The concept of sustainable energy came from the recognition of the role of energy in achieving sustainable development in the 1980s. From this, sustainable energy has taken on similar concepts of sustainable development. Many definitions arose surrounding themes such as access to affordable energy services, sustainable energy supply, sustainable energy consumption and energy security. Despite variations in focus areas, all these are rooted in the need to transform the current energy system to reduce its harmful impacts. [13]

The study on Theoretical Aspects of Sustainable Energy by Prandecki (2014) noted the similarities of the definitions by Rogall, Hammond and Jones who used the terms dimensions, pillars and criteria. All had the following three aspects: ecological/environmental, economic and socio-cultural. Under the environmental aspect are the considerations related to greenhouse gas emissions, natural tolerance and hazards to human health. Under the economic aspect are the considerations related to impacts on the national economy, meeting the energy needs, cost-benefit analysis, job creation, profitability and prices. Finally under the socio-cultural aspect are the considerations related to the avoidance of conflicts, involvement of stakeholders, security, intergenerational equity in access and social acceptance. [14]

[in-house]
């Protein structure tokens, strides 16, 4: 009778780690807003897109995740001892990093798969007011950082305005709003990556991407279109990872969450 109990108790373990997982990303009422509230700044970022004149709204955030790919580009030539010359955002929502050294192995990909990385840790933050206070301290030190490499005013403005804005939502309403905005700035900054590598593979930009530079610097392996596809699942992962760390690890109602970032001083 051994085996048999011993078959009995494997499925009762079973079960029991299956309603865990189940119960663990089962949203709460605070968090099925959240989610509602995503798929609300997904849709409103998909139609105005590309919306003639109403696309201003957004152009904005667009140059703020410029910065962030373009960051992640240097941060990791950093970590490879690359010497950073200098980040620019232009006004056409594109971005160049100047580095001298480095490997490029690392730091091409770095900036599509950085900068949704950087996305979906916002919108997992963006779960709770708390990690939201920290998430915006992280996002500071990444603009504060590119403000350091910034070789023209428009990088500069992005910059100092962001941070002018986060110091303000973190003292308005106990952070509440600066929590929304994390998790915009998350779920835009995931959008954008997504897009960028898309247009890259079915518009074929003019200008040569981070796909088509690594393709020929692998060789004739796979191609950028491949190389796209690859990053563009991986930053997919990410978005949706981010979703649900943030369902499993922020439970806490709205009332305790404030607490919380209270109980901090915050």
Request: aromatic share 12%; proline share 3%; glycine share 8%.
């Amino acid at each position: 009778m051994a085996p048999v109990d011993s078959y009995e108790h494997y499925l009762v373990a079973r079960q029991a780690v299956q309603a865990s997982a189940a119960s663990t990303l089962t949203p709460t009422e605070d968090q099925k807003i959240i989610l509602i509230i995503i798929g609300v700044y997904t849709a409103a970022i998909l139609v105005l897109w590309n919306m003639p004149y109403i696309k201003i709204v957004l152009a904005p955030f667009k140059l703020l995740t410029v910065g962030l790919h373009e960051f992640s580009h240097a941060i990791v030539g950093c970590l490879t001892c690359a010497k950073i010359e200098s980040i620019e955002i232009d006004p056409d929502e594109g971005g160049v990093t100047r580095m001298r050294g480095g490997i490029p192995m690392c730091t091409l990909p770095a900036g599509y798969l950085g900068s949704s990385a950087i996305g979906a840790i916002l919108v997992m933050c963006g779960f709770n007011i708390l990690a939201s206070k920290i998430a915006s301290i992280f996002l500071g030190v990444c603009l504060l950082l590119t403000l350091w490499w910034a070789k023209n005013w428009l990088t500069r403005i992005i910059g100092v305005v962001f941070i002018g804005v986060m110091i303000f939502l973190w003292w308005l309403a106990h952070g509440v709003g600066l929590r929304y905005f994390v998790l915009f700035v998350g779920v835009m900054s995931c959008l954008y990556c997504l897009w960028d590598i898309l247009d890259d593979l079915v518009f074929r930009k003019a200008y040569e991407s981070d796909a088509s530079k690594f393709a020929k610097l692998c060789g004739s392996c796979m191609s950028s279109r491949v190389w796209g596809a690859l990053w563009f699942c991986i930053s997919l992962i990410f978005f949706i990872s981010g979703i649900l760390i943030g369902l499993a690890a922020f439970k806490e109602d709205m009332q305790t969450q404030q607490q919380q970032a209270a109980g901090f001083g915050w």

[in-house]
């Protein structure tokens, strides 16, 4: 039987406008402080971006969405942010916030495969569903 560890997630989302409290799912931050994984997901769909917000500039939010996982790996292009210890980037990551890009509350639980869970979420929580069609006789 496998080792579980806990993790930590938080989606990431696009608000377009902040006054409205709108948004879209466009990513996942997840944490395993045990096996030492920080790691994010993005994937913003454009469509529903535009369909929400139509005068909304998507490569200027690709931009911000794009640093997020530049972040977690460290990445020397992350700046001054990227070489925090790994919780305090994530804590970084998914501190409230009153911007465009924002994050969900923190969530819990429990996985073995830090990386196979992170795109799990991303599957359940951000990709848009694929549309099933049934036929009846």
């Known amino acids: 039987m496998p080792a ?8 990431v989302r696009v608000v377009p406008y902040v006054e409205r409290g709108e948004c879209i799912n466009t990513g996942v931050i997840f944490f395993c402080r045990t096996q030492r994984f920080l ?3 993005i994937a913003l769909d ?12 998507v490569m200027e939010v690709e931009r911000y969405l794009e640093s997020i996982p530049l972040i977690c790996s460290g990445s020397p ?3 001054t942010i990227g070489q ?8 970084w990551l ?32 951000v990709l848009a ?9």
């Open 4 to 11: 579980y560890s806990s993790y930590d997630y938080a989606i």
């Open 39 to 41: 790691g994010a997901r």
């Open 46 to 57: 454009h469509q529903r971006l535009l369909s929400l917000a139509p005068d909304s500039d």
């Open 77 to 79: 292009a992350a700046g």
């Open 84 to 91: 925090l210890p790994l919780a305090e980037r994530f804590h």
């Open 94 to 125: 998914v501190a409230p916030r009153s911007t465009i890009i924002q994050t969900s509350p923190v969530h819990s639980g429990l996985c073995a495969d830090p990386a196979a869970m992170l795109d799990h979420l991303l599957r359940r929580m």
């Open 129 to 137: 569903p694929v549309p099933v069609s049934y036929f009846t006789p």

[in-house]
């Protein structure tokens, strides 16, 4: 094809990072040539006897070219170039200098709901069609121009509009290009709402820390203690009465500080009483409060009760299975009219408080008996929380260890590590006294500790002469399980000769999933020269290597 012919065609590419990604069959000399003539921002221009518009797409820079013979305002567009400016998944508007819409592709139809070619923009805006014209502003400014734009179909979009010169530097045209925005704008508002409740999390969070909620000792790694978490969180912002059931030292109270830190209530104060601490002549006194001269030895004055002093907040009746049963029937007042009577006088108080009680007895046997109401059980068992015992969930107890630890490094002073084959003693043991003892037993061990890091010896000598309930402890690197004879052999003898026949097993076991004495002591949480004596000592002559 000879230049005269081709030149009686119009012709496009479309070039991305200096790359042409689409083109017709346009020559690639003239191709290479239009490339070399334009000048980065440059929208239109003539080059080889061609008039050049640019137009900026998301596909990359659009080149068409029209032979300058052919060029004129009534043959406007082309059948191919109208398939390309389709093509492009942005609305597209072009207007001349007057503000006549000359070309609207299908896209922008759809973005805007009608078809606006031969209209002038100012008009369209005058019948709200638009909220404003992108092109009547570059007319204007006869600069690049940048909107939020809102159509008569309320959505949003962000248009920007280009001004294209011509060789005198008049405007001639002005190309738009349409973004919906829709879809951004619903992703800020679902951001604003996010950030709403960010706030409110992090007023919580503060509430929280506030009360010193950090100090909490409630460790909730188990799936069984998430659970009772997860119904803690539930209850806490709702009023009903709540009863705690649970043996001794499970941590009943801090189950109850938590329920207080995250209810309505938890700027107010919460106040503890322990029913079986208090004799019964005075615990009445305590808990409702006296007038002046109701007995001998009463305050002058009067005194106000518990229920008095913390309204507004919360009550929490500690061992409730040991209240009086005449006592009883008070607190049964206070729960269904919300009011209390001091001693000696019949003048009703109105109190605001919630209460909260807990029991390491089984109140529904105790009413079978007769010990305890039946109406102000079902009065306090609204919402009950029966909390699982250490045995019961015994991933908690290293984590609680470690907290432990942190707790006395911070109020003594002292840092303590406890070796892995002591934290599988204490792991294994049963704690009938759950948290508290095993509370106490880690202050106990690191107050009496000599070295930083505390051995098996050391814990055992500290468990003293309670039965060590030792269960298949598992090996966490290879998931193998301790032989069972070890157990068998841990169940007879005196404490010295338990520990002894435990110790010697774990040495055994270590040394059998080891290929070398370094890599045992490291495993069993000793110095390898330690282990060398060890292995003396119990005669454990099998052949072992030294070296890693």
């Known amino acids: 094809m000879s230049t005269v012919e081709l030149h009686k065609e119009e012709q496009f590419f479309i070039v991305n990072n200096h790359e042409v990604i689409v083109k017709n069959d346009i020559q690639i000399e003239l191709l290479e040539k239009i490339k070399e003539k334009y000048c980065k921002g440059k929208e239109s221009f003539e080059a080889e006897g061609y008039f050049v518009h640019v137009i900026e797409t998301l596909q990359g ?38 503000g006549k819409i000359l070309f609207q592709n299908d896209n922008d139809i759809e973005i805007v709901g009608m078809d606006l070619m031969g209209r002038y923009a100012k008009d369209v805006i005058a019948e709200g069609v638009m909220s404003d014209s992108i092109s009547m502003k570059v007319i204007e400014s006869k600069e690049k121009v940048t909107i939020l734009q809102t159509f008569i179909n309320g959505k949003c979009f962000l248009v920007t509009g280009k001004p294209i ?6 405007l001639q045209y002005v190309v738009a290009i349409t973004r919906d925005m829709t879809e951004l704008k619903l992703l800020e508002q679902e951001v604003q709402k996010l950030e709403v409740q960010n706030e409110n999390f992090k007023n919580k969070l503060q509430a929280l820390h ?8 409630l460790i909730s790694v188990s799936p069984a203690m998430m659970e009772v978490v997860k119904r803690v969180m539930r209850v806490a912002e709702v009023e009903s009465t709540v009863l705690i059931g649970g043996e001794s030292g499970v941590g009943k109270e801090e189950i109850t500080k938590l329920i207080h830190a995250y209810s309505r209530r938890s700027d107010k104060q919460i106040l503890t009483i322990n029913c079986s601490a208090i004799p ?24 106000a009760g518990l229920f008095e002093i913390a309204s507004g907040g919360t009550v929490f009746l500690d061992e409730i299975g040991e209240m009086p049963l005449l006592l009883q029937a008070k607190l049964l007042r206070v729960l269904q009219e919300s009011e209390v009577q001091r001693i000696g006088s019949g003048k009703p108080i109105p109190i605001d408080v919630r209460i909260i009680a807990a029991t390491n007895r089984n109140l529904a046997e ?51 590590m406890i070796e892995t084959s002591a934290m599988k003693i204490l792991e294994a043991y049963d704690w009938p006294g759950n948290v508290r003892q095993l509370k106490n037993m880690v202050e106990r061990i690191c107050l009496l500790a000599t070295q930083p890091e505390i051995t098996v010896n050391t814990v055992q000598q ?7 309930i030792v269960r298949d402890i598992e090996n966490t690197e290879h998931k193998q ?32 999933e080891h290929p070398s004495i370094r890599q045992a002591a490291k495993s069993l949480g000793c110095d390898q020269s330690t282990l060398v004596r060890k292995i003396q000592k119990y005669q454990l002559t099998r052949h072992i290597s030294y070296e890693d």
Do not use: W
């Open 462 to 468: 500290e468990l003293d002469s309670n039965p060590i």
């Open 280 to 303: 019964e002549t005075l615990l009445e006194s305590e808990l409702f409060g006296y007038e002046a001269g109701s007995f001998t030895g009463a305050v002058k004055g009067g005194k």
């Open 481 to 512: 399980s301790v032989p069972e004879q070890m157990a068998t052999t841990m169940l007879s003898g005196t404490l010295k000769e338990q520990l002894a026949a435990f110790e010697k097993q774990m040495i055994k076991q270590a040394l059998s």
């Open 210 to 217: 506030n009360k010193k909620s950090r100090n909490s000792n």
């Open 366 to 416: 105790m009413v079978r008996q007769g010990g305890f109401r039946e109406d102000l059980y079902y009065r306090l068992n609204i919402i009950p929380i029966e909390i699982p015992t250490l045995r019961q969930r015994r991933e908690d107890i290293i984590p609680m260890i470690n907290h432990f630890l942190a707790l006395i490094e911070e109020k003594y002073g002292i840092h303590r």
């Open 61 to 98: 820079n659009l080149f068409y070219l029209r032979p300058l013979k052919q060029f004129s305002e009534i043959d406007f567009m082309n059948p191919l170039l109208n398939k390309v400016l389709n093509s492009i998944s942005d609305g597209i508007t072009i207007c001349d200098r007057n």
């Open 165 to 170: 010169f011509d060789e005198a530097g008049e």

Previous studies and the interviews from local communities, we therefore uphold these definitions. Sustainable energy has the following components and characteristics:

  1. Environmental aspect
    1. Ensures the least greenhouse gas emissions
    2. Maintains ecological balance
    3. Ensures the access to natural resources and health environment for future generations to natural resources
    4. Ensures human health
  2. Economic aspect
    1. Contributes to national development
    2. Meets the needs of local communities
    3. Does not cause negative impacts to the livelihoods and other aspects of people’s lives
    4. Accessible to the population
  3. Socio-cultural aspect
    1. Does not aggravate existing issues and inequalities
    2. Does not threaten the people’s security 
    3. Socially acceptable

Just and sustainable energy (JSE) has been defined in many ways based on different experiences and contexts both at the conceptual and practical levels. What is common to all is the recognition that there are changes that needs to be made in the energy sector due to its negative impacts of people’s lives and the environment. Despite the varying issues and impacts, having a common understanding of just and sustainable energy can guide communities and environmental and social movements in analyzing issues, defining alternatives and solutions and developing plans of action.